Okay... Since I had recently returned from my mission in 1996, I knew I wanted to learn how to record music. Recording music swiftly turned into wanting to be able to record my drums. A couple of years ago, I was able to put enough money away to buy a load of recording equipment for my drums.
I've recorded quite a few diddies in my basement studio here, and by and large, I was quite pleased with the way they turned out. I'm not sure what happened, but within the last few weeks, I've been bitten by the music bug again, and the more I record music down here, the more I notice how much it could be improved.
So, after a day or two of researching the best way to economically treat the acoustics in my studio, and because right now, I simply don't have enough money to do it right
, I decided to take the money I earned from recording a band recently, went to Wal-mart, and bought $80.00 worth foam mattress pads, cut them up, and placed them all-but-haphazardly around my studio.
The results were really quite pleasing.
Attached to this entry is an audio bite of two drum sessions (only heaven knows who's playing the drums. *ahem*). The first portion is recorded in a 16x18x7.5 foot square room with nothing but carpet and painted walls. The second portion (after the fade-out) is recorded with the treatment.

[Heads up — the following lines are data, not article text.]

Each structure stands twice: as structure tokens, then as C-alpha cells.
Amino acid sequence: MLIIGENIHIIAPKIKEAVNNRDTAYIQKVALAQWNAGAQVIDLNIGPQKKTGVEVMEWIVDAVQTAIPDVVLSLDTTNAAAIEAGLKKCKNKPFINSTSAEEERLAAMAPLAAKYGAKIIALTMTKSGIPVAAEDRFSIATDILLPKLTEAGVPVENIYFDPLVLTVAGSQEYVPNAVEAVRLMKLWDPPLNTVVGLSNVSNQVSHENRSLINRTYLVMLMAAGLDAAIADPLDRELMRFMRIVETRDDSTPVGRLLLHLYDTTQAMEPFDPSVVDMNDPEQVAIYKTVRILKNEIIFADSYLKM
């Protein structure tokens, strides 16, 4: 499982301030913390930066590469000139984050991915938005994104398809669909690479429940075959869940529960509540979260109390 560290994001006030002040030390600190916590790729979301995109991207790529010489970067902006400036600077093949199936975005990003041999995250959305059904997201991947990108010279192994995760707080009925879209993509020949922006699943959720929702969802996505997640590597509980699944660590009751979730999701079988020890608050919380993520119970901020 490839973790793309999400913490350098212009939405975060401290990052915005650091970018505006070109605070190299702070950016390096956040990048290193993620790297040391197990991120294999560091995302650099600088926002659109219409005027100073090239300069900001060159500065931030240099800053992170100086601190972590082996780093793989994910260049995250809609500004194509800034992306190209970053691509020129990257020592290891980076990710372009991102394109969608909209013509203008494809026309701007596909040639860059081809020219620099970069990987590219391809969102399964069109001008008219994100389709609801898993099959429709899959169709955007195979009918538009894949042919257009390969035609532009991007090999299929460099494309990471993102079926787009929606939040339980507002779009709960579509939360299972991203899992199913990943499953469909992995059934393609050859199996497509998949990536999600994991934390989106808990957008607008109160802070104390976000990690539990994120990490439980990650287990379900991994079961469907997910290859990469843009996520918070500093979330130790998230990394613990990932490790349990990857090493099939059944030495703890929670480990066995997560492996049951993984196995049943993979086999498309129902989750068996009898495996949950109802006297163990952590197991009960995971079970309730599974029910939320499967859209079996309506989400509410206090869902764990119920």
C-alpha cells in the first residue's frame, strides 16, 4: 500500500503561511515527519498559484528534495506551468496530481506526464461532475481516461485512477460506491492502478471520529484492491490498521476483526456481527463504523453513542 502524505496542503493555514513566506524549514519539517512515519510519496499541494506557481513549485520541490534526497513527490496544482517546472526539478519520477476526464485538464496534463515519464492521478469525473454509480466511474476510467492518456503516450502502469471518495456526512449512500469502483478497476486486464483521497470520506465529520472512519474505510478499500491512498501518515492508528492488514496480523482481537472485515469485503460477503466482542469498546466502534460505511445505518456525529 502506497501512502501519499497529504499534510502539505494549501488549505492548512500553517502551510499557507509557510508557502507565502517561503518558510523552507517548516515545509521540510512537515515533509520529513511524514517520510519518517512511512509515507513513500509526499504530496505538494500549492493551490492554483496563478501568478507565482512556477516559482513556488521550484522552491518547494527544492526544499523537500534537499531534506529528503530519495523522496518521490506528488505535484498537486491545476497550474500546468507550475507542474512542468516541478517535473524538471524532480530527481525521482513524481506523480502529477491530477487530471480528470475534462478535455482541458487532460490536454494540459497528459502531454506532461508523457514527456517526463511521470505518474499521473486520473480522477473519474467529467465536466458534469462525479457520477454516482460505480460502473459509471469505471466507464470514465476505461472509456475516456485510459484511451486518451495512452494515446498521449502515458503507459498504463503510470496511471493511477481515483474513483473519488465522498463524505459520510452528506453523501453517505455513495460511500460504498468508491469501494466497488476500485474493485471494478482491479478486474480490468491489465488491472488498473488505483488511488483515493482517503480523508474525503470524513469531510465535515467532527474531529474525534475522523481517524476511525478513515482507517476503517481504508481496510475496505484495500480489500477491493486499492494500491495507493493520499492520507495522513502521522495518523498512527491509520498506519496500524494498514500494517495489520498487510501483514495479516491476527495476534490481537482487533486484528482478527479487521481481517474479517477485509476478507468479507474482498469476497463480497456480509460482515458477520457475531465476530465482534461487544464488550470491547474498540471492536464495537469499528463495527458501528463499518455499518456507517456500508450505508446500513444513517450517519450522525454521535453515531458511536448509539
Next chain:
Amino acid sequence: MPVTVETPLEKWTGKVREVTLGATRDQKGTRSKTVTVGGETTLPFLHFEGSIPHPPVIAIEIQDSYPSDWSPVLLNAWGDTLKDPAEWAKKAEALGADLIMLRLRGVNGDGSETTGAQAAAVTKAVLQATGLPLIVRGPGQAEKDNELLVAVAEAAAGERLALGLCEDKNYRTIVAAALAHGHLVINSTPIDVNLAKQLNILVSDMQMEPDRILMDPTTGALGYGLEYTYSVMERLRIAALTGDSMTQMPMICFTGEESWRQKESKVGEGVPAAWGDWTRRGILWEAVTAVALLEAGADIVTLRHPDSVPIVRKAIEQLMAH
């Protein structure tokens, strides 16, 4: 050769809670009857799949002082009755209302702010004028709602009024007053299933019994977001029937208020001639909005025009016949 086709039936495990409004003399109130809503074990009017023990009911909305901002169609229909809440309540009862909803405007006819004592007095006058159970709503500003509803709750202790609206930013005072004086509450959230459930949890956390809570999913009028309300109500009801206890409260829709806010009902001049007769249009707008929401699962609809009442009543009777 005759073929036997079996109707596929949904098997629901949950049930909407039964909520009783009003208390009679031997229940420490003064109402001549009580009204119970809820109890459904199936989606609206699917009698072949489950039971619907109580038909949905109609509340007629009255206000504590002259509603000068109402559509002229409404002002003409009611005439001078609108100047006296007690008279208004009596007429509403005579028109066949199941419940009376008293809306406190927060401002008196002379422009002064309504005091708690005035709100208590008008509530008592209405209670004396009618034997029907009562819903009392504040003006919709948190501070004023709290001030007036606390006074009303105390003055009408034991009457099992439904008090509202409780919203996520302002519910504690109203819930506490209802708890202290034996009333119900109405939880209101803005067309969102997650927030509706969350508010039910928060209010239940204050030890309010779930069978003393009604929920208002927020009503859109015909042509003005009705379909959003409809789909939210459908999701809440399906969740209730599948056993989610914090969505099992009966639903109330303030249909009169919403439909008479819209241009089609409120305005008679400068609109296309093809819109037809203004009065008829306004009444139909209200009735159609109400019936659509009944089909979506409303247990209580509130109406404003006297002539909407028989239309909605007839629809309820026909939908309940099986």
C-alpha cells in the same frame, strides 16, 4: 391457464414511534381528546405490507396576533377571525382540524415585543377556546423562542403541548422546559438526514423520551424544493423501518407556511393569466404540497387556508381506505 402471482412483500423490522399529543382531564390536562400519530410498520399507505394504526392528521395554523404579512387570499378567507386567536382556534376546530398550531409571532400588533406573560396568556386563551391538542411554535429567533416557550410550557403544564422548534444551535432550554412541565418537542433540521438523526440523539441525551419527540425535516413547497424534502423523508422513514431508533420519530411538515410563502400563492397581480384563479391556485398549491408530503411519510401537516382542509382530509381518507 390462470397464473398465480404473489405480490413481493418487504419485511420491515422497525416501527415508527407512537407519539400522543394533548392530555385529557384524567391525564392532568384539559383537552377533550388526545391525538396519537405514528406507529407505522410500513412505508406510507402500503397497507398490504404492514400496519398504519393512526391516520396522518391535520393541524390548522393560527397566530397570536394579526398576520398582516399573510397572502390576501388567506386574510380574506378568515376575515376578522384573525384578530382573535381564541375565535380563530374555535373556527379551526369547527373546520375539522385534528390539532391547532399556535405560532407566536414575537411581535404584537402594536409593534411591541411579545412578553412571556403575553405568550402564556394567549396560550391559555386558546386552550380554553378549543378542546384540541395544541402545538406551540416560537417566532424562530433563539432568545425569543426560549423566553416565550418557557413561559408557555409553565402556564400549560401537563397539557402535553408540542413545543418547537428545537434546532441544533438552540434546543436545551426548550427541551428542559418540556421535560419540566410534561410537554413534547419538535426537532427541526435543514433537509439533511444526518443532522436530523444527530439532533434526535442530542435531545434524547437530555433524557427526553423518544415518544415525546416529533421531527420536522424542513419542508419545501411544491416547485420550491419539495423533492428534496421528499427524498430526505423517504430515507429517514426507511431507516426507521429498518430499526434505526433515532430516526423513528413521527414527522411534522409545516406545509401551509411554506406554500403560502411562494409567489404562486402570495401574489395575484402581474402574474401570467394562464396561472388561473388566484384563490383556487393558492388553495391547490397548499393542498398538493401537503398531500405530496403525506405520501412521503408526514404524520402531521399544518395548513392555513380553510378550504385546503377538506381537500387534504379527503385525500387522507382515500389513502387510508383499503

I'd like to hear what you think of the difference between the two. Please comment if you can.
Some things I noticed right off the bat were the obvious lack of high-frequency slap-back reverb. I had no idea
it was as bad as it was until I heard the recording with the treatment up. Absolutely amazing.
Another thing I noticed, but didn't anticipate, was an increased accurate stereo image of the drums. If you listen to the floor-tom at the beginning of both sessions, you'll hear that the second one is obviously being emphasized in the right-ear. The first one, however, as soon as the drum is hit, due to the slap-back (being repeated probably 20 or 30 times) causes the stereo image to become muddy, and the hit itself isn't as pronounced through the right ear. The hi-hat is imaged much more accurately in the 2nd one as well.
Anyway... I just thought I'd let you all know how happy I am. Yes, I know that the treatment is ugly as yesterday's garbage, and yes, I know it doesn't create as accurate a sound as professional treatment would, but hey... For $80.00, I think the results are way more
than worth it.
Hopefully, soon, I'll earn enough to treat the room right and make them tin-cans sound even better!
Below are some photos of the room after the crud was put up.